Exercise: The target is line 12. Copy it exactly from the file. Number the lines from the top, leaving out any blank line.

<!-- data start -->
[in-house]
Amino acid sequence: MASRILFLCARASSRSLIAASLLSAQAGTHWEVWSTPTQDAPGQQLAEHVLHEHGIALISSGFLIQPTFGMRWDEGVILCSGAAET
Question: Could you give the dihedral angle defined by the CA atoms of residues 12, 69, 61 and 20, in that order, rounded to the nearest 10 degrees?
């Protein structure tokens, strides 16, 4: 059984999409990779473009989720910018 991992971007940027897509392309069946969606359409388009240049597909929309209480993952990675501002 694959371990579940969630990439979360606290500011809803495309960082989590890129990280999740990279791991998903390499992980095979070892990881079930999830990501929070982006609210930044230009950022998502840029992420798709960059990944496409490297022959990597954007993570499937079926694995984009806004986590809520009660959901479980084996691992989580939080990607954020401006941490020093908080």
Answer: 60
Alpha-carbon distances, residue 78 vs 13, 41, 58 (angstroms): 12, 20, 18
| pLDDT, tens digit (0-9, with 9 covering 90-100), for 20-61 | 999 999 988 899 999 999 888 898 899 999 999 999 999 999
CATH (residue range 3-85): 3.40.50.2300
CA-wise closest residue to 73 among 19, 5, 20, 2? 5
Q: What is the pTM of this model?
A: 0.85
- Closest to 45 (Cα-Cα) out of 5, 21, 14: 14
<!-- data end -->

- Closest to 45 (Cα-Cα) out of 5, 21, 14: 14